Ancient Roman fashion set the standard for present day Italian culture, traditions and customs in weddings. Wedding etiquette in the Empire was not so very different from bridal etiquette today.
If you're planning an Italian-themed wedding or getting married in Italy and want to include some ancient Italian culture in your plans, this page will tell you how the style of women in ancient Rome can add sophistication to your own elegant wedding.
Most rituals women in ancient Rome had to go through on their wedding morning reflected everyone's expectations that she would be pure, dutiful and obedient.
According to ancient Italian engagement culture and traditions, once the betrothal formalities were over, the Roman bride-to-be never had opportunity for partying. Instead, the accepted custom for her was some pampering on the morning of her wedding.
So right at the start of the day, bridal etiquette in ancient times was to take a fragranced bath in her parents' home. She would be attended by her mother and female friends. The aim was to wash away evil influences and leave her smelling wholesome - and no doubt to share in gossip and the excitement of the approaching ceremony.
Then came the hair.
The hairstyle and head dress were a focal point at ancient Roman weddings. Custom dictated that the bride had to rise early on the morning of the marriage. Her first task was to pick flowers from her parents' garden to weave a garland which would sit on top of her intricate hairstyle, and hold her veil in place.
Many modern brides still choose the flower garland, especially for younger bridesmaids. Just as in ancient Roman weddings, it's a symbol of innocence and purity.
The bridal hairstyle, known as the 'tutulus', was a very specific design and would be worn by no-one but brides. Her hair was divided into six locks using a spearhead, probably another symbol of expelling any remaining malevolent spirits.
The locks were then curled, and coiled on top of her head leaving a few tendrils around her face and neck.
The wedding veil, another symbol of the bride's submission to her husband, was always flame coloured and shrouded the bride from head to foot.
Sources vary as to whether it would cover the bride's face until the moment of marriage. There's some evidence that part of ancient traditions was that the veil did cover the face. It acted as a deterrent to evil spirits who would be unable to enter the bride through the shroud of a muslin veil.
The fashion for women at weddings was fairly simple and the bride's dress was no exception. By today's standards it was very plain: a white or off-white one piece unfitted tunic. Made of a muslin-like material, it covered the bride from head to foot and was tied at the waist with a girdle.
The girdle was vital to bridal etiquette. It was tied by the bride's mother on her wedding morning as a sign to the world of the bride's purity, using the 'knot of Hercules' - Hercules being the guardian of married life - and could only be undone by her new husband on the wedding night.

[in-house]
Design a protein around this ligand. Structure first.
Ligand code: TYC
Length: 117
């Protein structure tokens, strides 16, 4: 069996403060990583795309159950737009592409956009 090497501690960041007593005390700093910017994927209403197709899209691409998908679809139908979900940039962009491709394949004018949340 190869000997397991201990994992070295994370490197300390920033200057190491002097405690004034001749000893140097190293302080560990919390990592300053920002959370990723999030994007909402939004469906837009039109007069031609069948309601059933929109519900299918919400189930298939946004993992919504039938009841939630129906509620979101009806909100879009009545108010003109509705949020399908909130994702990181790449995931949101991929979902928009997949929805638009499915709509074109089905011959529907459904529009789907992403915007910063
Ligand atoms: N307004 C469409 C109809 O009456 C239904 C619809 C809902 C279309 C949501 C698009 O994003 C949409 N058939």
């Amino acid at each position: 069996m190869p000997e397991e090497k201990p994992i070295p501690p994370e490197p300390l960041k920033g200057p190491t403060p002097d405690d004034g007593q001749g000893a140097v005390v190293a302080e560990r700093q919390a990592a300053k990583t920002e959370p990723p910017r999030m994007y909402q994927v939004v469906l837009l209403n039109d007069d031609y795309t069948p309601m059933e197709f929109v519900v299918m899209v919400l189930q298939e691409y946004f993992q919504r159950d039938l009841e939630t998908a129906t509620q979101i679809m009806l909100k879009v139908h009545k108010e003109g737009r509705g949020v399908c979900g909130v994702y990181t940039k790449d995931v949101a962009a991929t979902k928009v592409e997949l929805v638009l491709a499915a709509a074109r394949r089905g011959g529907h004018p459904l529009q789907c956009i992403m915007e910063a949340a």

It's likely that the origins of the contemporary saying "tying the knot" comes directly from this Roman tradition.
Accessories, with the exception of her bouquet, do not seem to have been important to brides in ancient Rome.
Historical evidence suggests that her shoes, generally simple sandals, were dyed to match the veil. And although jewellery in ancient Rome could be quite elaborate, bridal wedding etiquette dictated that the bride wore no adornments apart from her engagement ring.
To do so was seen as detracting from the importance of the ring.
To this day, Italian brides have tended to maintain that tradition, or at least not to wear extravagant jewellery.
The bride's look was completed with a bouquet of herbs which, like her head-dress, she would have picked herself.
Although some think the need to wear flowers and carry herbs was an attempt to smother the smell of everyday ancient Roman life, it is far more likely that they were chosen to represent fidelity and fertility.
The bouquet often included marjoram symbolising love, honour and joy; rosemary for fidelity and lavender for devotion; sage for a long life; myrtle for fertility and purity.
So - what should you be thinking about if you want to use some of the traditions of ancient Roman bridal etiquette in your own ceremony?
Here are our suggestions :
Think about dressing young bridesmaids' or flower girls' hair in garlands of flowers. Roses were a favourite amongst women in ancient Rome, as were iris, violets, poppies and wildflowers.
Put the same flowers in your bouquet and ask your florist to add some fragrant herbs. The ancient Romans favoured lavender, thyme and rosemary, all of which are readily available today. Grow your own, if possible!
Give yourself enough time to have a relaxing bath (probably without your mother in attendance!) on your wedding morning. Add some fragrance to it - either a floral based perfume to complement your bouquet, or the bath oil of your favourite perfume.
|A modern take on ancient Roman wedding dresses.
Courtesy of Maggie Sotero.
Wear your hair in an up-do, leaving tiny tendrils to frame your face.
Follow ancient Roman fashion by keeping your wedding dress simple and stylish. Ivory or white, off the shoulder, toga style, and if possible tied around the bust, waist or hips would work.
If you intend to wear a veil, make it a full length one. Unless you want to recreate Roman bridal etiquette exactly, flame-coloured is probably not an option you'd want to follow!
If you want to wear jewellery, keep it simple and unobtrusive. Pendant earrings and necklaces were favourite pieces of jewellery in ancient Rome.
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